The Accidentally Wes Anderson Instagram account, with its million-plus followers, is a wonderland of travel photography inspired by the distinctive symmetry, colors, and quirks of films by Wes Anderson. Founded in 2017 by avid traveler Wally Koval, the account steadily grew into a community of adventurers who sent in scenes from around the world that looked straight from the sets of The Grand Budapest Hotel, The Royal Tenenbaums, and others in Anderson’s oeuvre. Now Koval is releasing a coffee-table book filled with some of the community’s most wanderlust-inspiring photos, organized by region and marked with approximate dates of origin. And Anderson himself has sanctioned it, writing in the foreword, “I now understand what it means to be accidentally myself.”

Below, a few of our favorite photos from the collection. Accidentally Wes Anderson by Wally Koval is available October 20, 2020 – you can pre-order a copy here.

Swimmers at the Marshall Street Baths in London

Marshall Street Baths

London, England | c. 1850
Photo by Soo Burnell
In 1931, the Westminster Public Baths (aka Marshall Street Baths) were opened to the public. Great attention was devoted to the main swimming pool, which was lined with white Sicilian marble and further embellished by Swedish green marble used at either end. The baths were closed in 1997 for refurbishment. The 2010 reopening returned them to their former glory, offering swimmers a tunnel into the past.

A Nissan Figaro - from the forthcoming book, Accidentally Wes Anderson

Figaro

South Yorkshire, England | c. 1989
Photo by Hayley Doyle
The Nissan Figaro is a happy little two-door convertible designed as a tribute to vintage microcars. Originally marketed solely in Japan with the slogan “Back to the Future,” the minicar’s retro design was always meant to shuttle drivers to another age. The car debuted at the 1989 Tokyo Motor show. Immediate demand so outstripped the company’s limited run of 20,000 vehicles that prospective buyers had to enter a lottery to drive one of the cars home.

Suitcases at El Rastro Flea Market in Madrid, Spain

El Rastro Flea Market

Madrid, Spain | c. 1740
Photo by Leah Pattem
Madrid’s open-air flea market has operated for north of 200 years in the city’s La Latina neighborhood. Open on Sundays and bank holidays, the market is home to vendors who sell everything from clothing to kitchen supplies. Shops specializing in used books, art, and even live birds line the adjacent streets.

A photo of Lisbon, Portugal, from Accidentally Wes Anderson

Ascensor da Bica

Lisbon, Portugal | c. 1892
Photo by Jack Spicer Adams
Ascensor (or Elevador) da Bica climbs 800 feet up one of Lisbon’s steepest hills. A delightful, leisurely ride and a hop off at the top leads you to Miradouro de Santa Luzia, a terrace from which to marvel at the distinct rooftops of mainland Europe’s westernmost capital city.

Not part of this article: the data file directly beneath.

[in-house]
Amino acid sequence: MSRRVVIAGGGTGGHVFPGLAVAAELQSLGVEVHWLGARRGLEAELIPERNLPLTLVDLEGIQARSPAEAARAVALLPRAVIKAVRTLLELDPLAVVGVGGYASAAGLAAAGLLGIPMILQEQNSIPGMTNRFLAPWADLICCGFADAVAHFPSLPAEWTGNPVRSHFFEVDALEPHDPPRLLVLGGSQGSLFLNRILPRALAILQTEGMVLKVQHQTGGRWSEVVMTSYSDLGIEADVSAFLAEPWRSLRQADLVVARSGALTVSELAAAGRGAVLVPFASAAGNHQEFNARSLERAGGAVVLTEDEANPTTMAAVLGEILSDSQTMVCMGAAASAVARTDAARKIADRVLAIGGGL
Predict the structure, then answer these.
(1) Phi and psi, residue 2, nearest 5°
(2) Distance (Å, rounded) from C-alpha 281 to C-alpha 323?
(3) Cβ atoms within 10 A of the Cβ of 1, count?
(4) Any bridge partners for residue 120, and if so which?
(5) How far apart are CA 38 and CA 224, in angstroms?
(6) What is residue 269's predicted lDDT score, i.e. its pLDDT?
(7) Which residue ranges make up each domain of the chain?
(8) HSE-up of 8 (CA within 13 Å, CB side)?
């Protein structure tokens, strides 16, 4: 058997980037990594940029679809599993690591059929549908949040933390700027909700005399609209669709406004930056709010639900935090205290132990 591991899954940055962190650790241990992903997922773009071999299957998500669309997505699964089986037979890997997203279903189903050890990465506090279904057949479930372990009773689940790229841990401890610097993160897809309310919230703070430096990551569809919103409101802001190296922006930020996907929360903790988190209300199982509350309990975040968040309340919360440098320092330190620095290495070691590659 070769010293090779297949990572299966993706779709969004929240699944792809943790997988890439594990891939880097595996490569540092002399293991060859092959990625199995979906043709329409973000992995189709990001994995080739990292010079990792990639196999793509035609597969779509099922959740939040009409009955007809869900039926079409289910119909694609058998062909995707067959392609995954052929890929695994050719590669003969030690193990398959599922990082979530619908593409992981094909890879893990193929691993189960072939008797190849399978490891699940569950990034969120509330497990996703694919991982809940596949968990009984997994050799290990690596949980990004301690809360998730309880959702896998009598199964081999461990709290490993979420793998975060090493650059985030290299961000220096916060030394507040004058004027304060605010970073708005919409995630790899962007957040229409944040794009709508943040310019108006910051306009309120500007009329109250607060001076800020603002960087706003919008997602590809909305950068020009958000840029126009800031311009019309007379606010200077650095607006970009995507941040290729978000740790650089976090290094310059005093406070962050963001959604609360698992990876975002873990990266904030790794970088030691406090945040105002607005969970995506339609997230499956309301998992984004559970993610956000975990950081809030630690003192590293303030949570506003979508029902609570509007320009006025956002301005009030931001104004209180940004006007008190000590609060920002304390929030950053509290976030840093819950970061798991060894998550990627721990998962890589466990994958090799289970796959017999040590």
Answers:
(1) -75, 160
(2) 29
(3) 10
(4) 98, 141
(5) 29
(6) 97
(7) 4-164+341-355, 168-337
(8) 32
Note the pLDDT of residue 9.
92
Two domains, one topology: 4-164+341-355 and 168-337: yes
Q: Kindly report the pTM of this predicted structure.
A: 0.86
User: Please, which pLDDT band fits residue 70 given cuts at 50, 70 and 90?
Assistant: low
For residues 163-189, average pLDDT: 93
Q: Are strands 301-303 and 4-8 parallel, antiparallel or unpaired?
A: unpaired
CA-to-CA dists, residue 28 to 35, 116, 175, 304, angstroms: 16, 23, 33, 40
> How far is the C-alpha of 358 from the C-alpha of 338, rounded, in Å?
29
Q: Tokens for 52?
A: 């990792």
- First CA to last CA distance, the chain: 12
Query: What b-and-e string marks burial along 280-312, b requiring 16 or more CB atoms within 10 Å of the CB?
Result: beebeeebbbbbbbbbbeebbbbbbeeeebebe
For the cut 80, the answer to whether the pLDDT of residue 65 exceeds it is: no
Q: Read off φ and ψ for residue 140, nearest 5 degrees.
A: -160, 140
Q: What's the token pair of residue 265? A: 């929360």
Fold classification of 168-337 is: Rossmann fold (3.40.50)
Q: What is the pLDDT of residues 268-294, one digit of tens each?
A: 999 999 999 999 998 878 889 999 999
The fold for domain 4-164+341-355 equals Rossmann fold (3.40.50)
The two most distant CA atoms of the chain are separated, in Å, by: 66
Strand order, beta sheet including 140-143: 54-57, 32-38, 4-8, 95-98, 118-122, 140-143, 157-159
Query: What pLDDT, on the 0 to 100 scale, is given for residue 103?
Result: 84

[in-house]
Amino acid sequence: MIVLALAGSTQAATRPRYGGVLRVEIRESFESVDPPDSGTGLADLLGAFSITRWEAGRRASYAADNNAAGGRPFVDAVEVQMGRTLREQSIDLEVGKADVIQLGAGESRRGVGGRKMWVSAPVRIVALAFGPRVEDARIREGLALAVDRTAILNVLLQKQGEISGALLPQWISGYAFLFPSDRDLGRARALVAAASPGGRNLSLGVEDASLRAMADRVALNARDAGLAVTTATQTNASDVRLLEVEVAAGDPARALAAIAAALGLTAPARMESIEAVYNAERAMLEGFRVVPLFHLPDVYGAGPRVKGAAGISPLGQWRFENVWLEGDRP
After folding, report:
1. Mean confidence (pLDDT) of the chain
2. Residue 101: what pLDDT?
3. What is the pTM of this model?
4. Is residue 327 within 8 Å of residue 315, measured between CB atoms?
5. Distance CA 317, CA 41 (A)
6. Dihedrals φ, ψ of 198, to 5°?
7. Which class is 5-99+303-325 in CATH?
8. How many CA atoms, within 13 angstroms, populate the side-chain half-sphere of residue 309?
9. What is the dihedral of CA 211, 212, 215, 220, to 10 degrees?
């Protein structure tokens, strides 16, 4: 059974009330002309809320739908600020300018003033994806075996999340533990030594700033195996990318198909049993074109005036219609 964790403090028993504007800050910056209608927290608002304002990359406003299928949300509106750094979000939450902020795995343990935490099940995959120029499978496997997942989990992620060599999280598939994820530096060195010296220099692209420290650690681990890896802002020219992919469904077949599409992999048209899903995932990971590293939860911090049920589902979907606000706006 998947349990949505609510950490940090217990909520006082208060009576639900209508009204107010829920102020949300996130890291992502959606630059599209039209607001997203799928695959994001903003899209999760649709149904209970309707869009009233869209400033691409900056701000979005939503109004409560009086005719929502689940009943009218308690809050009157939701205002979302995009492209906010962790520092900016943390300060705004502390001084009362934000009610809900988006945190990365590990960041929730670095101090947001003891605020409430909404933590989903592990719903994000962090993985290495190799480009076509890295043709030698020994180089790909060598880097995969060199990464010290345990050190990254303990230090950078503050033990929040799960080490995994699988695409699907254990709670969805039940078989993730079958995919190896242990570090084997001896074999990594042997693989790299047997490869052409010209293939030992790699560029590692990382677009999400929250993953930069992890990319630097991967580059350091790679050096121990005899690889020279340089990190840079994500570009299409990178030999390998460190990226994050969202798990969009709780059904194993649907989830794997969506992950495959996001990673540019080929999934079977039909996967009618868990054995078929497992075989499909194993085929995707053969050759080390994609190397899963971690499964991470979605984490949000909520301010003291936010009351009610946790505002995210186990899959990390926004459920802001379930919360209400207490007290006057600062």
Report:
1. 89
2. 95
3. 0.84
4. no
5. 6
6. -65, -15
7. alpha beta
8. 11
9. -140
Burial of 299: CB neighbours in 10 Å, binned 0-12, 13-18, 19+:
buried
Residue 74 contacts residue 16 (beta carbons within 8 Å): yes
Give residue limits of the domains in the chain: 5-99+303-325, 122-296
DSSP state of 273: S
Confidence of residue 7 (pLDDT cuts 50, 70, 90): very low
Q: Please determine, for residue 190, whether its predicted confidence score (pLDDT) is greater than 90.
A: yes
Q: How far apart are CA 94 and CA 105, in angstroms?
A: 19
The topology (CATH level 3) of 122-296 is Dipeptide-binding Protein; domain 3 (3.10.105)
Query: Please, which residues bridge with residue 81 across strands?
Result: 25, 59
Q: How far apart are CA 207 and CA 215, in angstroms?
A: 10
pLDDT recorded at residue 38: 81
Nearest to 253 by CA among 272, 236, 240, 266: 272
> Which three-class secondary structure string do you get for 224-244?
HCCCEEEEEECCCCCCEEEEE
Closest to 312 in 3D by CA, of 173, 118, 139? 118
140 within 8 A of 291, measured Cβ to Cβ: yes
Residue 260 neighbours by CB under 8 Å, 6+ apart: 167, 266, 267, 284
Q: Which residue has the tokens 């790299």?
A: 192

The White Cyclone roller coaster in Japan

The White Cyclone at Nagashima Spa Land

Photo by Paul Hiller
Wooden coasters are extremely rare in Japan, a country with strong regulations on tree felling; the Cyclone was constructed with enough timber to build nearly a thousand homes. When time came for renovation, it was replaced by a steel-tracked coaster named Hakugei, or the White Whale. After a 14-year run, the Cyclone made its last spin in January 2018.

A railway conductor in Japan

Japan Railways

Tokyo, Japan | c. 1987
Photo by AccidentallyWesAnderson
Japan has the world’s busiest rail network, with a daily ridership of 18.5 million. It is neither unreasonable nor unheard-of for people to set their watches based on the precision of their train’s arrival. Conductors, drivers, and station staff have a suite of physical gestures and vocal calls they perform, which are a crucial aspect of the trains’ efficient operation. The theatrical signals and seemingly random yelps are a Japanese industrial safety method known as pointing-and-calling, which greatly reduces workplace error.

Roberts Cottages in California

Roberts Cottages

Oceanside, California | c. 1928
Photo by Paul Fuentes
Shortly after the town layout was completed in 1883, Oceanside, California, was marketed as a seaside resort. In 1928, A. J. Clark bought a sizable strip of land, secured a permit, and built 24 beach cottages. The buildings still stand, representing an important moment in Oceanside’s nascent days.

Excerpted with permission from Little, Brown and Company.

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